There is an argument to be made that genre fiction and sitcoms share a huge amount of DNA: we want them to be the same sort of thing from episode-to-episode or book-to-book, and yet within the repetition of ingredients that define the form we also want something new.
The Three Investigators series started by Robert Arthur and continued by various authors after his early death exemplifies this pretty well: each title stands alone from the others, with enough recurring characters, themes, and settings for you to be able to dip in as you please and always find a book familiar, and yet each book also attempts to ring the changes Be it in moving the boys to an abandoned island, having them confront international theft, or whatever the hell that one with the parrots was about, some of these changes work and some don’t, but they always feel representative of what has been done before and, you can almost guarantee, what is going to come next. And then you have to consider that this series also exists inside of a genre with its own tropes, expectations, and history. So, as with all genre fiction, there’s a line to be walked between being loyal to what those expectations are without being slavish or, probably worse, derivative.
The Secret of the Crooked Cat (1970) is the third entry in this series to be written by William Arden — nom de plume of Dennis Lynds, remember — and perhaps the first time that I really felt as if an entire plot has been constructed purely by playing around with famous ideas from elsewhere in the genre. The boys investigating a carnival struck by a recent series of mishaps that are making the performers uneasy and leading to rumblings of discontent that might mean it has to close down is pretty much the setup for Arthur’s own ‘The Mystery of the Five Sinister Thefts’ (1963), something only reinforced when the plot kicks off with the theft of a prize from one of the attractions.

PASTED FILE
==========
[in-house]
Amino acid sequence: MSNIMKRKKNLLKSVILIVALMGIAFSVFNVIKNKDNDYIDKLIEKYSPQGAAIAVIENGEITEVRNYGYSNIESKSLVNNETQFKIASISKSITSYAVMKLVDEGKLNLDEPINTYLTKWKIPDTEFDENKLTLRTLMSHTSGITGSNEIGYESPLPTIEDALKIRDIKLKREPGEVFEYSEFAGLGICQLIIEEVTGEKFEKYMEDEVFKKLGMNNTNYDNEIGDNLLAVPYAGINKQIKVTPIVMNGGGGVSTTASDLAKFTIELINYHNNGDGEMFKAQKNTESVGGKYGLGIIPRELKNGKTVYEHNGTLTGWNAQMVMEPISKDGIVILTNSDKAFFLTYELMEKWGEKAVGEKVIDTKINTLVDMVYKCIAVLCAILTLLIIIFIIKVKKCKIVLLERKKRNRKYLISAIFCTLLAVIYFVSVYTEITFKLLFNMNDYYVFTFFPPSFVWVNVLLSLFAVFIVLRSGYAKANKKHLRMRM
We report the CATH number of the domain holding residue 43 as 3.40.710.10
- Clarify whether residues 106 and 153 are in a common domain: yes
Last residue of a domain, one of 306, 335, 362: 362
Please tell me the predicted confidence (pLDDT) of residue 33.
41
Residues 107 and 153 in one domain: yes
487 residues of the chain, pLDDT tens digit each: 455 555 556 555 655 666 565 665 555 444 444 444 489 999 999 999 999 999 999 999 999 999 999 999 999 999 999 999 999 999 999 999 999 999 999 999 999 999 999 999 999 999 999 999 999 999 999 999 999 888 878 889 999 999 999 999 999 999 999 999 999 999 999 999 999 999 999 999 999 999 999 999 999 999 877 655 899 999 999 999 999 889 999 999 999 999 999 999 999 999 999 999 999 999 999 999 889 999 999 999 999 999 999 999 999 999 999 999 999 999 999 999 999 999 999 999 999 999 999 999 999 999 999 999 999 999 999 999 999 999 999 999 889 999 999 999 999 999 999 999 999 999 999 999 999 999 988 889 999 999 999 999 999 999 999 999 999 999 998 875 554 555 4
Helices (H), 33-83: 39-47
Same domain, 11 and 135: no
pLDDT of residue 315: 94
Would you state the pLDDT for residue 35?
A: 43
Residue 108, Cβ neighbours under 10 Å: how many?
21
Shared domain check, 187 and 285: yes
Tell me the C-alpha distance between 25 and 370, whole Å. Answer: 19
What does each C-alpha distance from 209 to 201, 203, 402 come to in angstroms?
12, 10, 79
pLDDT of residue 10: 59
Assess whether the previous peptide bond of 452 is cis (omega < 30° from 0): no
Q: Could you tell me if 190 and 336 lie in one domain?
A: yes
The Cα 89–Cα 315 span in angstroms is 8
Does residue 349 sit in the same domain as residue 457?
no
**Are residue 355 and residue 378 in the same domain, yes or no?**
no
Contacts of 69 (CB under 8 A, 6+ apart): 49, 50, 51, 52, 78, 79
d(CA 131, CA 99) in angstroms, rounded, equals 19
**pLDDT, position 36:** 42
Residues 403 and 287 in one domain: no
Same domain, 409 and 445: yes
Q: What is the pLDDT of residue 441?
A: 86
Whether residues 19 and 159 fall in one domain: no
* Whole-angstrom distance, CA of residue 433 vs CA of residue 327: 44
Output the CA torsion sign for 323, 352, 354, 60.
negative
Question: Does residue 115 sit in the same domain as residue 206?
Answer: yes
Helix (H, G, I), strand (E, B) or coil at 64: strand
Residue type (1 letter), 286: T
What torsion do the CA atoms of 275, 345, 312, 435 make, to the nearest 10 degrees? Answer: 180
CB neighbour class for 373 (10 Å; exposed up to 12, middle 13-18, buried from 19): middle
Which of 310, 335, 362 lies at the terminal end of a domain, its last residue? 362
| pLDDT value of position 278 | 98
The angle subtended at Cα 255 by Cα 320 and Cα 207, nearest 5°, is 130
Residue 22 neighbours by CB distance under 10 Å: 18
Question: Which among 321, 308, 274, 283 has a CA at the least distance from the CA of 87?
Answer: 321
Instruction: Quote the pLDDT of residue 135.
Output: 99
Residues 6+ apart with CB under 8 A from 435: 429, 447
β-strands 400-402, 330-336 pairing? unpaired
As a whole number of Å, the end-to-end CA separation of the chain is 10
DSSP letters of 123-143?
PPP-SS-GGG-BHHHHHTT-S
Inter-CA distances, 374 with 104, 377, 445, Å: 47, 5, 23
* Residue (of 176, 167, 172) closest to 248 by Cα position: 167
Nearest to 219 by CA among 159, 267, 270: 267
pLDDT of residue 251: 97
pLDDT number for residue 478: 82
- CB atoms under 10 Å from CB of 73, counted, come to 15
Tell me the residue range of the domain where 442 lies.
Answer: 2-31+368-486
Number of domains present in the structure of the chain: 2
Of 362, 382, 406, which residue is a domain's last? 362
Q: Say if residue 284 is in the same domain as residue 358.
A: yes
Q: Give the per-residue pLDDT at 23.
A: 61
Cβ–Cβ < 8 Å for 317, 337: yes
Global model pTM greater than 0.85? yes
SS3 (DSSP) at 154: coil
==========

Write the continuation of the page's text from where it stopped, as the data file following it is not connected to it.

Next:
When the miscreant vanishes in borderline-impossible circumstances (more on that shortly) and we then discover that five such prizes have been given out in recent days and that someone has taken out an advert in the local paper saying they’re willing to pay well over the odds to acquire these toys, leading to a scramble as scores of kids line up outside the given address to see if their toy cat fits the bill…well, ‘The Red-Headed League’ (1891) anyone? And perhaps a side order of ‘The Adventure of the Six Napoleons’ (1904)? It’s obviously folly to expect completely original, genre-busting plotting here — the majority of readers, I’d wager, want to see to a genre’s conventions adhered to intelligently, which is why we classify books broadly by genre in the first place — but even when the Three Investigator books have been boring, they’ve before never felt so much like a group of kids stacked in a trenchcoat trying to convince you they’re a grown-up.